As is often the case, most traces of, or clues to, the agency of young readers are available to the historian only through writings originating from the adult world (theoretical discourse, pedagogical literature) or produced under close adult supervision (children’s journals). Even annotated books, which in principle offer the most spontaneous traces of children’s reading, have only been preserved and transmitted to us as a result of adult arbitration. The discourses undoubtedly refer less to childish practices and more to the preoccupations and concerns about juvenile behaviour projected by the adult world. But it doesn’t end there, of course. The figures of child readers represented in eighteenth-century children’s literature in particular pose a problem. What can literature teach the historian? Or, as Judith Lyon-Caen might say, what can history teach us about literature? There are two possible research avenues here.

The historian can first of all shed light on these literary figures through archives that document their reality in a more fragmentary and indirect way. The foolish vanity of the young Valentin, who waves his Telemachus under the nose of a gardener’s son to clearly mark the social divide between them, is certainly ridiculed in La vanité punie, but the episode also highlights the fact that the child has grasped the social advantage that he can gain from his small possession – albeit he uses it inappropriately here – at a time when children were given beautiful books as gifts at New Year and in a society where owning a library was a powerful symbol of social distinction. Agency, as we know, is never disconnected from the socio-institutional contexts that are imposed on it at the very heart of practices.

Similarly, in the short play ‘Un bon cœur fait pardonner bien des étourderies’ (a good heart makes up for many careless mistakes) (published in L’Ami des enfants in 1782), Arnaud Berquin portrays a young man, Frédéric, who sells his watch and school books to give money to the poor. Police archives contain many files on peddlers convicted of acquiring books from schoolchildren in exchange for sweets or novels. Some had been unmasked as a result of the ex libris on the textbooks, as in Berquin’s play. The practice of selling on is therefore well documented, but it is presented in literature as a form of children’s agency rather than as the (female) street vendors’ agency as generally tackled by historians.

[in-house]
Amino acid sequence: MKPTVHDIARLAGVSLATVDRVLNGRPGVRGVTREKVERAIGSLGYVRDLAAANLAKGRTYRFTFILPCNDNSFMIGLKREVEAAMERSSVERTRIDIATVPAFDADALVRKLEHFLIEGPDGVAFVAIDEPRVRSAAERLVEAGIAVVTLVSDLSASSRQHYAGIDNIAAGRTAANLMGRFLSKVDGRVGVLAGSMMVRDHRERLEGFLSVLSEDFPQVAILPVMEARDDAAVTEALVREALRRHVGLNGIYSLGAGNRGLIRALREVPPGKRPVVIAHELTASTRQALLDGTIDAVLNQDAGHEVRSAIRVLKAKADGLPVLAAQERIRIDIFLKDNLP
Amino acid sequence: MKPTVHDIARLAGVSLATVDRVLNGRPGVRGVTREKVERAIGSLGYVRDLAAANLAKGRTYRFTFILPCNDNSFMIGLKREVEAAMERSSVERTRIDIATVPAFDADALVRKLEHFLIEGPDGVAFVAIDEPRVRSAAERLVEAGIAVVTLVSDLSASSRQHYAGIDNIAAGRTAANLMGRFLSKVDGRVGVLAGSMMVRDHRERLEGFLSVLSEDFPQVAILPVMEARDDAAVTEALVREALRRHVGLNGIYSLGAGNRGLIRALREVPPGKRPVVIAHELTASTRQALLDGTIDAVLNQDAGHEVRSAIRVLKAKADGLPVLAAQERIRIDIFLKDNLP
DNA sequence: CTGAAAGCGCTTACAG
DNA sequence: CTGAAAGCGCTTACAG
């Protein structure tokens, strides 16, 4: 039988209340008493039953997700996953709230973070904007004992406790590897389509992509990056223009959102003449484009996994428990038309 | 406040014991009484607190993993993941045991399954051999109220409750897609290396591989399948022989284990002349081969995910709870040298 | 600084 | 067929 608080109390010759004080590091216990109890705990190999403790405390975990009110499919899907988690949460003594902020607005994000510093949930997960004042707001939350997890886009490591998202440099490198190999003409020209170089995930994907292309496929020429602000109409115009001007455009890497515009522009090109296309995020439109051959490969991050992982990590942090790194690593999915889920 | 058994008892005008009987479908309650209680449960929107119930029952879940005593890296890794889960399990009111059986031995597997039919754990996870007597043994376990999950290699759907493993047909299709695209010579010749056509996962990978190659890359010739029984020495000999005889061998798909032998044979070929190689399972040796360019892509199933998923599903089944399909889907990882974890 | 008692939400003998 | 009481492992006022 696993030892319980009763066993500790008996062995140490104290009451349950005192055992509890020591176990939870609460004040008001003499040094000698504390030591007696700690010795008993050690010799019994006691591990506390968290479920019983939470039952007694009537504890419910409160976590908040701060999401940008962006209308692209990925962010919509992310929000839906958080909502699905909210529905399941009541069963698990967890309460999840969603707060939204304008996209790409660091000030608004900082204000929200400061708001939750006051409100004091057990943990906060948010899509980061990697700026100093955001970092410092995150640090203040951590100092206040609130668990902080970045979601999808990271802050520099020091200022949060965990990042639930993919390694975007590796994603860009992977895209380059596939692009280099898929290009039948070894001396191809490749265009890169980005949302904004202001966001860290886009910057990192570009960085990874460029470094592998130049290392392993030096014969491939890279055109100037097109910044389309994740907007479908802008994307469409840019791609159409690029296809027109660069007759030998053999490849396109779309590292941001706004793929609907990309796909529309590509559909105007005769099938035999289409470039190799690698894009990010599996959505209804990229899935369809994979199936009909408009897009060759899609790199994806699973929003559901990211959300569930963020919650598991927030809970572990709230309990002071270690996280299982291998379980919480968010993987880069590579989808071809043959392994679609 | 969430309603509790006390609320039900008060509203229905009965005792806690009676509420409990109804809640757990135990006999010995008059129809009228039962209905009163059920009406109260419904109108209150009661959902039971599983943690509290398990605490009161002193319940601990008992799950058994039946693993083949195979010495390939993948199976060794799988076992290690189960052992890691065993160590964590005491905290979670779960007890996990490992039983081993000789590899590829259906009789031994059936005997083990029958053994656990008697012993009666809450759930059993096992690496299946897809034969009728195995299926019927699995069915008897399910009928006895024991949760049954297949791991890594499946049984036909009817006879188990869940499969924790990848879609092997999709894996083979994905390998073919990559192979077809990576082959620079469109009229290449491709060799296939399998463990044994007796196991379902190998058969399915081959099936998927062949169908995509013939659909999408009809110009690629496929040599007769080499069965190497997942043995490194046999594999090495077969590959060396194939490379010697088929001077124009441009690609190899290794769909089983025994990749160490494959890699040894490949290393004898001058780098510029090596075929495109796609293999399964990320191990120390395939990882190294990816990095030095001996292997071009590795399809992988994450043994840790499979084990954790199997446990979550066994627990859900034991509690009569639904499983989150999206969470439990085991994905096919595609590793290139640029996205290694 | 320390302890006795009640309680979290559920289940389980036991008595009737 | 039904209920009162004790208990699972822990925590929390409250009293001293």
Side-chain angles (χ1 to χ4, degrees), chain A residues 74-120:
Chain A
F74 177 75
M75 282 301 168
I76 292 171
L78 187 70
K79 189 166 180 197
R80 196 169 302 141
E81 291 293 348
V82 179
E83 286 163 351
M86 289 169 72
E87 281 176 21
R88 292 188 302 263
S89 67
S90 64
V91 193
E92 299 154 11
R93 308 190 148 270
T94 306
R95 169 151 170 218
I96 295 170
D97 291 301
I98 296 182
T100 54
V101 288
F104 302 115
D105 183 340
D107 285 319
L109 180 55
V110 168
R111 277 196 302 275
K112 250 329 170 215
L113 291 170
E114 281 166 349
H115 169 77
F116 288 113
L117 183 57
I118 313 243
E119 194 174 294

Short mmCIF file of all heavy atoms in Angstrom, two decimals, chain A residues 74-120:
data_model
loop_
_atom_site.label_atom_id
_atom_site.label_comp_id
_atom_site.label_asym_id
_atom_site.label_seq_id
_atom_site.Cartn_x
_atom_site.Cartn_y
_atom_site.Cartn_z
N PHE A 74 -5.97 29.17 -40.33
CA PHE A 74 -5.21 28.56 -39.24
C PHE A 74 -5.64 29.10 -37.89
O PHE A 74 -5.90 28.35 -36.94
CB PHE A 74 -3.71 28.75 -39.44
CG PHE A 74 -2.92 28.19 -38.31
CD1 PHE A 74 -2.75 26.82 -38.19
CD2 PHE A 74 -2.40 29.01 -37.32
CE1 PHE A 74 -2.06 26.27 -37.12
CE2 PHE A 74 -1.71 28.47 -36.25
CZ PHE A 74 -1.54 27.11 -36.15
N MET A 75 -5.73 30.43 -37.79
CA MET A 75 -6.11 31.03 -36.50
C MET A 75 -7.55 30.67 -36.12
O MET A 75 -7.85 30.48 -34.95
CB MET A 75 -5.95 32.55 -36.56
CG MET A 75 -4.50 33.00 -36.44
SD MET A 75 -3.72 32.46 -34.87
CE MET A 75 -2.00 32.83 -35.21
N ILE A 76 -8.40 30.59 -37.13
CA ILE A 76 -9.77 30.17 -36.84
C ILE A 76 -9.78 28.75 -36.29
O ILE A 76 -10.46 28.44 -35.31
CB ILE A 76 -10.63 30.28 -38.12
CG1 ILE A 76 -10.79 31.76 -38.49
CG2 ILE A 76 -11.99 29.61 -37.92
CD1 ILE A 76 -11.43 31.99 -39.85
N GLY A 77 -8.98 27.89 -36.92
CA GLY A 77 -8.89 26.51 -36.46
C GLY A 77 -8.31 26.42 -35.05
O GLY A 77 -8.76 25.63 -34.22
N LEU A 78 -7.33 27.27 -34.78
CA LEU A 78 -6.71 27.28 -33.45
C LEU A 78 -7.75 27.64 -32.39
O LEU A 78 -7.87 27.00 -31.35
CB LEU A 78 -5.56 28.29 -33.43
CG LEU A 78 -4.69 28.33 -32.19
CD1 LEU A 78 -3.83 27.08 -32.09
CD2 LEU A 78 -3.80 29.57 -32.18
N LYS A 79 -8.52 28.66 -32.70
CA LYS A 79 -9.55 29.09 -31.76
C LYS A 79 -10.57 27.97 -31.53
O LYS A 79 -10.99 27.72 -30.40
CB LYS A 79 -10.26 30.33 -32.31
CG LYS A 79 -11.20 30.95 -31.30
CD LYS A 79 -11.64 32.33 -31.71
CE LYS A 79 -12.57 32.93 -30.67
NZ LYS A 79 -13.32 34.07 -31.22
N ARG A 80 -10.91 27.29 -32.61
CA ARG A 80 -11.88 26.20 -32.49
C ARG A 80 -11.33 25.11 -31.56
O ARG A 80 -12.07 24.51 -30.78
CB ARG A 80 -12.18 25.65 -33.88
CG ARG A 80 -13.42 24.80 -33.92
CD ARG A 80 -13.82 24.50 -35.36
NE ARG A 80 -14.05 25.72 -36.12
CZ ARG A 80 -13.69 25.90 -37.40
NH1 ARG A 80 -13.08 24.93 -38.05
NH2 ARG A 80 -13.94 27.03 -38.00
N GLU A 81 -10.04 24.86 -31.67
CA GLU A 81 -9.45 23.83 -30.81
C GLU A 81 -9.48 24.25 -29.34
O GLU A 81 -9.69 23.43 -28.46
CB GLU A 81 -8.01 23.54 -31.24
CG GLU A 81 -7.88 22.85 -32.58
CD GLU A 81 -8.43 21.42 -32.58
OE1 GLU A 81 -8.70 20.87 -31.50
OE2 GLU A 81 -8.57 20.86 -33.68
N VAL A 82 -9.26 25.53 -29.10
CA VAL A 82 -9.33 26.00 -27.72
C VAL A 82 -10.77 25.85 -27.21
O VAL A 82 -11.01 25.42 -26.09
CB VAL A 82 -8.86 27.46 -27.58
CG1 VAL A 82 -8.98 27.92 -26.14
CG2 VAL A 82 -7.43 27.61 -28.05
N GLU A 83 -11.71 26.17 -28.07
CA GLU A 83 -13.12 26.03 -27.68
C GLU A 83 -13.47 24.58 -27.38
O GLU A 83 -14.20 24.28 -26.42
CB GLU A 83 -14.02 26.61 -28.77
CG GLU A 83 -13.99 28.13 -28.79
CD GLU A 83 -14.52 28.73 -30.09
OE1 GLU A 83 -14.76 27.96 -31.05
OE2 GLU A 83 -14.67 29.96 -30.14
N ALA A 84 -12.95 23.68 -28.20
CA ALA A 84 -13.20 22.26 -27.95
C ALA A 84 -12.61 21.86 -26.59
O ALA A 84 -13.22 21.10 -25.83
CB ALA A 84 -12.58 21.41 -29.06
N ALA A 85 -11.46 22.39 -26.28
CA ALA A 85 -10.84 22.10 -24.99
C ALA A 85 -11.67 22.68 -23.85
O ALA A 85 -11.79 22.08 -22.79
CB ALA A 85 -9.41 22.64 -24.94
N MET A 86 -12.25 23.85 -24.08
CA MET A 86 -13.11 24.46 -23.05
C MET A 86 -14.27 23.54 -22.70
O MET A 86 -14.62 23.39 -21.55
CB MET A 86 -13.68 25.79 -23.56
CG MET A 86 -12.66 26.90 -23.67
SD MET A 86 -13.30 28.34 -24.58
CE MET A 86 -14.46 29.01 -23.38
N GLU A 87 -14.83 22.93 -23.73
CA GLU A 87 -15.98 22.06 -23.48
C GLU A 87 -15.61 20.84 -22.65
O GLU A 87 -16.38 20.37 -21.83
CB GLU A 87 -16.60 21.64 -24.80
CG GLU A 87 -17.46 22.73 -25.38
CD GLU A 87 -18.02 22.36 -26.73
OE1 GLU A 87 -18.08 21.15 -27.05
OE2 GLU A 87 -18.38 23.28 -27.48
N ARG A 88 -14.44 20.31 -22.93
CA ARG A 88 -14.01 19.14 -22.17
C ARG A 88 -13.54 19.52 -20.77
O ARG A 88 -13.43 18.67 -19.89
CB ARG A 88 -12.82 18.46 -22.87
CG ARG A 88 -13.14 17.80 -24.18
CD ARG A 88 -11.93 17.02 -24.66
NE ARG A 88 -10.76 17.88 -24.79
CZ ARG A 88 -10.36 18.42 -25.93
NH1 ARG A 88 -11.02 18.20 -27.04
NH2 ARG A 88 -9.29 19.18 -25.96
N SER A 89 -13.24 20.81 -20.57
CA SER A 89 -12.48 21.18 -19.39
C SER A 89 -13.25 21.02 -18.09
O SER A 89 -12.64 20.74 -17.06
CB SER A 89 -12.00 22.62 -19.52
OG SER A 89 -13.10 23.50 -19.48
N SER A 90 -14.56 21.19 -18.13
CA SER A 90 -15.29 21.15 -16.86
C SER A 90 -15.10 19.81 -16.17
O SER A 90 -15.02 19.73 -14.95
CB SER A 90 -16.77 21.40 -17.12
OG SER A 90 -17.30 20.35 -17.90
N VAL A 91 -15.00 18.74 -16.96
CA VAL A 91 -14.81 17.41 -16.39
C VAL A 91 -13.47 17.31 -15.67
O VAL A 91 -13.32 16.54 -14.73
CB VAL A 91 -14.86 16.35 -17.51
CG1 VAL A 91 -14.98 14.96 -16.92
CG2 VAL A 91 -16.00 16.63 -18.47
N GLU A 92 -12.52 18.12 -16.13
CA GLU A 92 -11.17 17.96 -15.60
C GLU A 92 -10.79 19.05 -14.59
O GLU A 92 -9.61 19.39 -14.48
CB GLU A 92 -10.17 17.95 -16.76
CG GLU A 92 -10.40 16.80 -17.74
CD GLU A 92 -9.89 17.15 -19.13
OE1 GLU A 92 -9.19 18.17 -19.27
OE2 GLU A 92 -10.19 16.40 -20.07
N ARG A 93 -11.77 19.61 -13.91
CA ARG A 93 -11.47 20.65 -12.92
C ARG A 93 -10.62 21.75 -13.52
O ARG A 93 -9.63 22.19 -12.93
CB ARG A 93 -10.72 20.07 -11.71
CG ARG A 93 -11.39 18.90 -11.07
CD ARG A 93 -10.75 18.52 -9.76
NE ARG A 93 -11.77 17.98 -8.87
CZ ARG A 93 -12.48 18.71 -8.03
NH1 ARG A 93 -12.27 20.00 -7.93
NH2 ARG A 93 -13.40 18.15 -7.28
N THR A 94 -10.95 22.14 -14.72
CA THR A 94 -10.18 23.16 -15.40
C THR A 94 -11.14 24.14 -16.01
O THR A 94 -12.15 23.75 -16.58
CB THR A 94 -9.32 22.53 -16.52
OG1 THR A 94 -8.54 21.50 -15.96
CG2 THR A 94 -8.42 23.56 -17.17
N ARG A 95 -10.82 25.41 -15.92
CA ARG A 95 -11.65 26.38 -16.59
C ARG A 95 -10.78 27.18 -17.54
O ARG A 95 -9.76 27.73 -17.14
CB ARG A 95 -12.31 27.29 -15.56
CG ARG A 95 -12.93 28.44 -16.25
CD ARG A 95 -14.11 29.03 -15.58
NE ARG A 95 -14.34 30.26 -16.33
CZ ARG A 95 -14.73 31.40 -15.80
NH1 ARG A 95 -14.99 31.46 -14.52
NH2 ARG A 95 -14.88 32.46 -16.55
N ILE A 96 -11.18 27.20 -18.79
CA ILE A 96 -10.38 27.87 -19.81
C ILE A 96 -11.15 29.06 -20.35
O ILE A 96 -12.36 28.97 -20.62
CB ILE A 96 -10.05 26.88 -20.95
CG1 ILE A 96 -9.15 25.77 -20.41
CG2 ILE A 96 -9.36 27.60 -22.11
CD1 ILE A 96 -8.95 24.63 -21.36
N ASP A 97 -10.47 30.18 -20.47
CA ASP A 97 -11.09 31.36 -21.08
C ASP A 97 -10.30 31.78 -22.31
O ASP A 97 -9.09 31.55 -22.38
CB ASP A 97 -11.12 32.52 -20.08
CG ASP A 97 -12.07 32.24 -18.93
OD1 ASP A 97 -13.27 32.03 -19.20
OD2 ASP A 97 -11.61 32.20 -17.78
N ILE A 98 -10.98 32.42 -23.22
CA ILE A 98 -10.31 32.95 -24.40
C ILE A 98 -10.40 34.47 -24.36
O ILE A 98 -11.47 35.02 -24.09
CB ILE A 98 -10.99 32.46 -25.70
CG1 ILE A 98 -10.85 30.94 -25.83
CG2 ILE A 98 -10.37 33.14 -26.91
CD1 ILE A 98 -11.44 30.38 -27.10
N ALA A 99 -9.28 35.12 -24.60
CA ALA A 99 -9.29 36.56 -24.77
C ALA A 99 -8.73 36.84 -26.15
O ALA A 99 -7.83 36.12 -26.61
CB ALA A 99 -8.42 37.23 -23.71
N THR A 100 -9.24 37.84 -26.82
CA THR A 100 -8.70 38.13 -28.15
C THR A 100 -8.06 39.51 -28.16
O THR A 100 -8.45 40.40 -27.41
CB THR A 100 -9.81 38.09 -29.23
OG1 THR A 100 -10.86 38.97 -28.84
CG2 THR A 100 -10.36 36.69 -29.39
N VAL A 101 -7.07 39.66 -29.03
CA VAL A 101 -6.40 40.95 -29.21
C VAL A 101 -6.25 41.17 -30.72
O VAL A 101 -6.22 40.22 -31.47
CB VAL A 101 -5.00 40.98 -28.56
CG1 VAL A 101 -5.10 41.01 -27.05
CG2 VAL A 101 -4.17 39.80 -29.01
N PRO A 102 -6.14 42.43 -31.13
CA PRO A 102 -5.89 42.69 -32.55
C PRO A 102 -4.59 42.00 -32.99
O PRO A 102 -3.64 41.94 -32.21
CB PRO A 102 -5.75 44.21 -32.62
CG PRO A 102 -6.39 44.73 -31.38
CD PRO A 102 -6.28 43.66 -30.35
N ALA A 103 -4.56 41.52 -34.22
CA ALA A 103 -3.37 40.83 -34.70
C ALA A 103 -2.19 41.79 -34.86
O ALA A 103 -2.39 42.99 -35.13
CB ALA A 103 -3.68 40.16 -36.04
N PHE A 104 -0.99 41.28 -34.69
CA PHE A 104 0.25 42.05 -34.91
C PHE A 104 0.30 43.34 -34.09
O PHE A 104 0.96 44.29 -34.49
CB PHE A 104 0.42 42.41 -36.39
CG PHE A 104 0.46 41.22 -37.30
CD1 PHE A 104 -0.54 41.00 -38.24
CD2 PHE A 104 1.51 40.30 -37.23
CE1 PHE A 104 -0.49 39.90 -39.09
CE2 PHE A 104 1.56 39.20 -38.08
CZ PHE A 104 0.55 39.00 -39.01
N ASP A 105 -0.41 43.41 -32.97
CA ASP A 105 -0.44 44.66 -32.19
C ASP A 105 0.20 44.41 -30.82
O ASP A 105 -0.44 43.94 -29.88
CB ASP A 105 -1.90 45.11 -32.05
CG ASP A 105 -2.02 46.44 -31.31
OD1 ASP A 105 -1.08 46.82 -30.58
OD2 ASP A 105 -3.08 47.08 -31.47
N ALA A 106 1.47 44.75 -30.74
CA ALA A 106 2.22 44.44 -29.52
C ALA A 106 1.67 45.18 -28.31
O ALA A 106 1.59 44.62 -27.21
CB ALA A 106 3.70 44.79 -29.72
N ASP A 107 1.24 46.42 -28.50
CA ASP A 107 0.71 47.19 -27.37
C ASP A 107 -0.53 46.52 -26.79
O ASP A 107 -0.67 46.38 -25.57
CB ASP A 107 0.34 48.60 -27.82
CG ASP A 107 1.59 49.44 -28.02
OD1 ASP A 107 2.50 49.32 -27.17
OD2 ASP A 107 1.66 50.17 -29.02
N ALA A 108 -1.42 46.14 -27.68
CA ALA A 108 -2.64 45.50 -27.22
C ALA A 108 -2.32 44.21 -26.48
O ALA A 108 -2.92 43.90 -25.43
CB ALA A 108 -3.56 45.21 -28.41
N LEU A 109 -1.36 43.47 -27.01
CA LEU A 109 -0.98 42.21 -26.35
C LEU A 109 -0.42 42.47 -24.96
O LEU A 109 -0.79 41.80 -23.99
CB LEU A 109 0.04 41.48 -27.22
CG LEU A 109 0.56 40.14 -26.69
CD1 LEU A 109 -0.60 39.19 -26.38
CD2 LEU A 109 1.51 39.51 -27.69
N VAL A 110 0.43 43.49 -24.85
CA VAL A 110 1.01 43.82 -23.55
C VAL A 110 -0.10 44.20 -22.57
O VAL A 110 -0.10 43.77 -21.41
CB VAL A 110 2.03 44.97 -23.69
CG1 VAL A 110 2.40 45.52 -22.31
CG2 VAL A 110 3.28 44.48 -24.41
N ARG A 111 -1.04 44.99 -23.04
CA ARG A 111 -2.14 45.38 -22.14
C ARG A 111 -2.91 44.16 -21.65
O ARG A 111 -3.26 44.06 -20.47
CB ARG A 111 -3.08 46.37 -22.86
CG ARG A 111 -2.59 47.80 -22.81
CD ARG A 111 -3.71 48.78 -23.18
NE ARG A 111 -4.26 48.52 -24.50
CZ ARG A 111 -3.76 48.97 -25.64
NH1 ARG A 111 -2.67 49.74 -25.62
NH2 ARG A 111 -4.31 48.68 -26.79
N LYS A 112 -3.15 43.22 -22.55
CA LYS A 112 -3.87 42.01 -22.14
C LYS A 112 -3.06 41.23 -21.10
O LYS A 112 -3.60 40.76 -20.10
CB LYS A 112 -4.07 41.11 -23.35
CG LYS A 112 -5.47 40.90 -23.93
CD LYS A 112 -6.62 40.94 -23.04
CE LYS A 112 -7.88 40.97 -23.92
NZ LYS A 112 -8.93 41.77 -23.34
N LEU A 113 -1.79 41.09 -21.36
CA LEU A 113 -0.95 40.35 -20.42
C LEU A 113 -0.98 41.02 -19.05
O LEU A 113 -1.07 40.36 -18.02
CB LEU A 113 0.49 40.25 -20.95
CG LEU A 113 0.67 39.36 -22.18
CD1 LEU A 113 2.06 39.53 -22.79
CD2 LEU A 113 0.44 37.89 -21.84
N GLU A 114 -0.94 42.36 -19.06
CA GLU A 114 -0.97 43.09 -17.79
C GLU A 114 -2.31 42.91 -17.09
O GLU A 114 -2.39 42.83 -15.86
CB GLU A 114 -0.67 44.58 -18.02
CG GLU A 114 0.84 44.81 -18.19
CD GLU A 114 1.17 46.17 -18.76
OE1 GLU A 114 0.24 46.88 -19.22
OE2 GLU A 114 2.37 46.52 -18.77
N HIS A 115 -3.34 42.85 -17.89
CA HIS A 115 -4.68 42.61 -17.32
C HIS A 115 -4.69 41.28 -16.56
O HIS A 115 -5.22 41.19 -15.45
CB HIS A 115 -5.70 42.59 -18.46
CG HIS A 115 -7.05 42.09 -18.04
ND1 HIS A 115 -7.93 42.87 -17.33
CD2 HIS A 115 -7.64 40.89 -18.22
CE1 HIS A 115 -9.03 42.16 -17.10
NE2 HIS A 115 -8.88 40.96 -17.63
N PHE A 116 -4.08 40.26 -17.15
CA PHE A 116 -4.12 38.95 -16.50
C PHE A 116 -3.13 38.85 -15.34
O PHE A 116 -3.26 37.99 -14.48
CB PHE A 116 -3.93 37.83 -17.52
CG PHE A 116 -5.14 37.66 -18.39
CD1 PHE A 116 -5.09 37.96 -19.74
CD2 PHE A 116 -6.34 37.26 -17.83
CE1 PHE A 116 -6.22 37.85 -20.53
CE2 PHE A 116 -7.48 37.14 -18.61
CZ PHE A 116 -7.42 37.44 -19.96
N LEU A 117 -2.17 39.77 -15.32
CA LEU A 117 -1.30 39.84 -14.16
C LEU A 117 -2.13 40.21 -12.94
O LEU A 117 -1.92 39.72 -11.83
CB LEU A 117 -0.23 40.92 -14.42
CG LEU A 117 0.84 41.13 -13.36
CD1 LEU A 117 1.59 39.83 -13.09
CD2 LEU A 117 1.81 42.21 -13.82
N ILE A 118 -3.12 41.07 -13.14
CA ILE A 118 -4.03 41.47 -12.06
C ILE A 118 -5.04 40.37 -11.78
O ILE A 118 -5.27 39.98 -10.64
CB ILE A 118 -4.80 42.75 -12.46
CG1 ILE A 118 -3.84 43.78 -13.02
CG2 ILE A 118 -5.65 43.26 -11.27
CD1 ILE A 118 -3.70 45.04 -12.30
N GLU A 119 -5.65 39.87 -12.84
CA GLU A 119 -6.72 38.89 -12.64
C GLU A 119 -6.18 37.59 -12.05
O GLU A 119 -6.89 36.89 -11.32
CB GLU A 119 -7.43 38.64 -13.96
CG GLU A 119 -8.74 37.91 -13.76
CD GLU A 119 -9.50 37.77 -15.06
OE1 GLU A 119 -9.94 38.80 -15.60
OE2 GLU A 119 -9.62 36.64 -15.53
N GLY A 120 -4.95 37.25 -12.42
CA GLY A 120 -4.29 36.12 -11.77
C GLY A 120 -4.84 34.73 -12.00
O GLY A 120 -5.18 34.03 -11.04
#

This example leads us on to the second research avenue. It reminds us not to present children’s agency as a given, an a priori, but rather as a construction, an ‘œuvre de re-connaissance et de re-présentation des enfants par les adultes’ (work of re-cognition and re-presentation of children by adults), to borrow Pascale Garnier’s expression. The focus on childhood in the eighteenth century led to the valorisation of youthful inventiveness, including in its negotiations with the rules, as long as it remained venial, expressed qualities associated with childhood (innocence, impulsiveness), and did not constitute a threat to the established order. Children’s literature thus presented a framework of acceptability for a number of uses of the book, regardless of the final judgement made on the protagonist. We still need to be able to document what was outside the scope of the representable, what the anecdotes left out, what the parents did not want to admit, what only serendipitous archives perhaps can tell us as historians.

– Emmanuelle Chapron, Aix Marseille Université

Book cover for Chapron

Livres d’école et littérature de jeunesse en France au XVIIIᵉ siècle is the February 2021 volume of the Oxford University Studies in the Enlightenment series.


Livres d’école et littérature de jeunesse en France au XVIIIᵉ siècle is part of the Oxford University Studies in the Enlightenment series, published in collaboration with the Voltaire Foundation, University of Oxford.